The meteorite NWA 7034 is among the world's most scientifically precious rocks, having been knocked off Mars. The discovery of a single shocked crystal within NWA 7034 has revealed Mars was still suffering heavy asteroid bombardment later than previously proposed, possibly narrowing the window in which life might have survived there.
Meteorites from Mars are rare compared to those that originated in the asteroid belt, since only a large impact could blast them from the Red Planet's surface into space in the first place. That makes them precious, and NWA 7034's size at 320 grams (11 ounces) and color led to it being nicknamed Black Beauty. Perseverance may be collecting Mars samples as we speak, but we're not scheduled to receive them until 2031, so rare Mars meteorites are all we have for now.
NWA 7034 is composed of material from diverse parts of Mars that became deposited in one spot and pressed together, providing an opportunity for planetary scientists to develop an unusually broad picture of the planet's geology. A new paper in Science Advances describes studying a variety of Black Beauty's crystals known as zircons that date to Mars's beginnings and finding one among them that displayed evidence of being in a particularly powerful impact.
Black Beauty contains many zircons formed between 4.48 and 4.43 billion years ago, not long after Mars condensed out of the protoplanetary disk. A 2019 study sampled a portion of these and concluded none showed signs of having suffered a major impact post-formation. This was taken to suggest the large bodies that were slamming into the Moon until around 3.9 billion years ago somehow had no counterpart on Mars.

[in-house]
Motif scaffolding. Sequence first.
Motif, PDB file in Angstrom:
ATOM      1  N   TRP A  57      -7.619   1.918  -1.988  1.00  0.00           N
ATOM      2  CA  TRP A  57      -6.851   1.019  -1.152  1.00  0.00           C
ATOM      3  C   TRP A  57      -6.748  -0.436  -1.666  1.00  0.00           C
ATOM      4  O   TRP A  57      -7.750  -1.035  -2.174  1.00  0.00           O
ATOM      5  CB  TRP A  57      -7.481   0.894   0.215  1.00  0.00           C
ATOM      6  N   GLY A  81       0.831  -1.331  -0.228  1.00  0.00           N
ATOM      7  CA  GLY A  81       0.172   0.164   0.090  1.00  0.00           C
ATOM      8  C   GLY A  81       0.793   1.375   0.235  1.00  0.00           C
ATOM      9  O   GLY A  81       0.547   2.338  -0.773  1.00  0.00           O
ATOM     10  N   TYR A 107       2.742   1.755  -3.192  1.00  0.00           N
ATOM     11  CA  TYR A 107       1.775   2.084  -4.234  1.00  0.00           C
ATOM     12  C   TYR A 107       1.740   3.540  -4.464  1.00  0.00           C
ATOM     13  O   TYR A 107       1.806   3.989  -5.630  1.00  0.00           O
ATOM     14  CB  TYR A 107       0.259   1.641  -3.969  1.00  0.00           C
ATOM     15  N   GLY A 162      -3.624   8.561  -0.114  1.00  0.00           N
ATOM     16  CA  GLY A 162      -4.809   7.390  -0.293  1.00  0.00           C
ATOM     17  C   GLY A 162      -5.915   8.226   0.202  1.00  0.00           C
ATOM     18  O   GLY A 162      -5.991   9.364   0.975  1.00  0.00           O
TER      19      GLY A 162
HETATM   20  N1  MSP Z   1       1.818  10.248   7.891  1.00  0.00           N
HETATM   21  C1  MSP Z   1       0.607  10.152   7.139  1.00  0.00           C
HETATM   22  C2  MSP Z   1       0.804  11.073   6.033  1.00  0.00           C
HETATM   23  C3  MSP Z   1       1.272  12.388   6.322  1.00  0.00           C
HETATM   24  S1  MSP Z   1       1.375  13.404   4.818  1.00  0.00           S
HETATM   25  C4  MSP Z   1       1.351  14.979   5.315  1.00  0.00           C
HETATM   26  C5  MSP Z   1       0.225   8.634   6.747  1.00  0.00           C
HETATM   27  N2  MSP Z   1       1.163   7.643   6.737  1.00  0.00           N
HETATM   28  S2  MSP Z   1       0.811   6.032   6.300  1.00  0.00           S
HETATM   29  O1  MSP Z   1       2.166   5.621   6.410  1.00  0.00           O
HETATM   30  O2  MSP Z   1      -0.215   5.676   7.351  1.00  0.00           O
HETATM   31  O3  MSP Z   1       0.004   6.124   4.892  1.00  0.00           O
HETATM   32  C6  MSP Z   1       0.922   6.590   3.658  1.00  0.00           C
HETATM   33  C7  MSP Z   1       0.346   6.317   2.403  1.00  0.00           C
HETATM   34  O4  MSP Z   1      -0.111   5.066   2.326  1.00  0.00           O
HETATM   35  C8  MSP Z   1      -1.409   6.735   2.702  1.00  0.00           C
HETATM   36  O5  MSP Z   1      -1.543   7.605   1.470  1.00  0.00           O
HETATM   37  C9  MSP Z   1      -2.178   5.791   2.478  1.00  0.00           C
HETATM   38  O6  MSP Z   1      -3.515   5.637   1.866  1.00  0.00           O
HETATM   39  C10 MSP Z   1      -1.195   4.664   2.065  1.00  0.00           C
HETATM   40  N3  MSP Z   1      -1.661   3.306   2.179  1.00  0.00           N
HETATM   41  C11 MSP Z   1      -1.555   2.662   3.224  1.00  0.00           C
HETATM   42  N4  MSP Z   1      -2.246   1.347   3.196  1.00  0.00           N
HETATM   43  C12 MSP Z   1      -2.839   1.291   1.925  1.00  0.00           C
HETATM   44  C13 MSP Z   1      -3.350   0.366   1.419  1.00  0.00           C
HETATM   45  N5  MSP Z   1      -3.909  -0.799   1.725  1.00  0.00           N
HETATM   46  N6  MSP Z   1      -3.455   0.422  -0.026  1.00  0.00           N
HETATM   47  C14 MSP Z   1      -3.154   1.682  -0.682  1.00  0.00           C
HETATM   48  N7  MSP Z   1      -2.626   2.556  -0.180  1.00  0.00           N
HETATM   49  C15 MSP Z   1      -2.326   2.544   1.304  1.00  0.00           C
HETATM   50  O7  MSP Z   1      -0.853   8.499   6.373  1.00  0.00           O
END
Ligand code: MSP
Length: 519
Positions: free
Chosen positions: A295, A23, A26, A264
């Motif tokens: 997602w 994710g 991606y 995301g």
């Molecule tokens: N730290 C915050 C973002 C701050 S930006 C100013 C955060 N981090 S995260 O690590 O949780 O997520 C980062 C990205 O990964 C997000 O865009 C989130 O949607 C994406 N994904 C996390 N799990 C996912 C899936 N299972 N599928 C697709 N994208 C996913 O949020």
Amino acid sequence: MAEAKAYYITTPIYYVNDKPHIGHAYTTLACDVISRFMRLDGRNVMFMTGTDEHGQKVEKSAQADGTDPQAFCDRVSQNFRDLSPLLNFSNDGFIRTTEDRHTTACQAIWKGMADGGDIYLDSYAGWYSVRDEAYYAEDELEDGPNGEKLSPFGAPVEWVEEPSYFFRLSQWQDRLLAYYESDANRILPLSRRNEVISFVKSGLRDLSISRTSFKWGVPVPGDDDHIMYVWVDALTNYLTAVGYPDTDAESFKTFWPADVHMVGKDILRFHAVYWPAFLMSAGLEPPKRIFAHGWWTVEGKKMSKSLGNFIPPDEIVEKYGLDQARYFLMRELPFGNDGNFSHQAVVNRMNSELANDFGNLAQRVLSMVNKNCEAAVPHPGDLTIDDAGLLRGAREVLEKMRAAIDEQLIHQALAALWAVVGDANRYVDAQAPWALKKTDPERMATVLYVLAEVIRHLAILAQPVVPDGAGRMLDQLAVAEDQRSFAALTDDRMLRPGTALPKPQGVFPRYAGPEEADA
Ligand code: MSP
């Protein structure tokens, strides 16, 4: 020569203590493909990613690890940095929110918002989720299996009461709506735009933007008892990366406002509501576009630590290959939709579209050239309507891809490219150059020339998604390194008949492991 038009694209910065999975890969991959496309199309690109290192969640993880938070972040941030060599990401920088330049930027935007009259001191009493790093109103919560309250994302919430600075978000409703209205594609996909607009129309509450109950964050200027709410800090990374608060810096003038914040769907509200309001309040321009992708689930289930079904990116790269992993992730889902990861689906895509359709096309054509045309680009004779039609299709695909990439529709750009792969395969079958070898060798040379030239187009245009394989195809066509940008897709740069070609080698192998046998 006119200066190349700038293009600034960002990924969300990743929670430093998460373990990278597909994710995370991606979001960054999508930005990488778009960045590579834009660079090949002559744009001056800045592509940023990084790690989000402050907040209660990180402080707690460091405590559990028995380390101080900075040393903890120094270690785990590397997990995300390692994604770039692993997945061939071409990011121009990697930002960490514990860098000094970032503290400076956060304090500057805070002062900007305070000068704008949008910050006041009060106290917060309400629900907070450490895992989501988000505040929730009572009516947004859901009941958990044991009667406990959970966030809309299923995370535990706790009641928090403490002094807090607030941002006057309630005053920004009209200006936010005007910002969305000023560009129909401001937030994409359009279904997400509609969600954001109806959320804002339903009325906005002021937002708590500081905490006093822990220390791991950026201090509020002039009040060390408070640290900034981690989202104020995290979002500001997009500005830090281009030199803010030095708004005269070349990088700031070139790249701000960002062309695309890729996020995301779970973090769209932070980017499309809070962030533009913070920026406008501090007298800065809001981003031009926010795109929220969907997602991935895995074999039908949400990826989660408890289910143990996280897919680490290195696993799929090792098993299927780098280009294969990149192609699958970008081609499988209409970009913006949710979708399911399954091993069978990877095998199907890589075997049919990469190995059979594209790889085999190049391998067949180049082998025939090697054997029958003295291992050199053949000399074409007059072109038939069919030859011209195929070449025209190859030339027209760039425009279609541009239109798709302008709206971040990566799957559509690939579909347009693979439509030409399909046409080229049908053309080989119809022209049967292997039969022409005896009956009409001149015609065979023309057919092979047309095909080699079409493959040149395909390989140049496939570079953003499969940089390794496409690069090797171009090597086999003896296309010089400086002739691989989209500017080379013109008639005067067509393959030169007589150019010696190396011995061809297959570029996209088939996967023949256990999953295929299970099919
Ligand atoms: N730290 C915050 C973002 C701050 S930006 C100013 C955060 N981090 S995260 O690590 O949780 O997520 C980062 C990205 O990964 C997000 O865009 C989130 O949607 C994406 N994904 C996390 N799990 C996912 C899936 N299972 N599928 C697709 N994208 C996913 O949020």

Curtin University's Dr Aaron Cavosie told IFLScience he thought the zircons in Black Beauty were “So heterogeneous we needed a larger sample. One of these zircons could have a history nothing like its neighbor.” After almost doubling the zircons studied, Cavosie and lead author PhD student Morgan Cox found one grain that showed a sign of shock damage known as “twinning” seen on Earth in crystals that survived the largest impacts – those greater even than the one that ended the dinosaurs' reign.
“This grain is truly a one-off gift from the Red Planet,” Cox said in a statement. The crystal in question was dated using uranium/lead ratios to 4.45 billion years old, proving the impact must have occurred after that, but Cavosie told IFLScience there is no way to know how long thereafter.
It is thought impacts large enough to induce twinning might have destroyed habitable conditions – if life was present on Mars beforehand it might have needed to start again from scratch thereafter. A one-off impact of such size might not matter, but if it is indicative of an ongoing bombardment similar to the Moon's, the prospects for life at the time would have been grim.
This, Cavosie said, “Highlights the possibility that the habitability window may have occurred later than previously thought, perhaps coinciding with evidence for liquid water on Mars by 3.9 to 3.7 billion years ago.”
Cavosie acknowledged to IFLScience that considerable uncertainty remains on the topic. In the light of evidence the Chicxulub impact created a hydrothermal province beneath the crater that may have been better suited to life than the surface, such impacts could, he said, have been “A two-edged sword.”
Nevertheless, this single grain will force a rethink of the prospects of ancient life on Mars, and the possible reasons for its absence if we never find any.
Naturally, a larger sample would expand our understanding. Unfortunately, Cavosie told IFLScience that may have to wait, as the equipment required to detect such shocks is currently far too large to be put aboard Martian rovers, leaving us dependent on rare meteorites.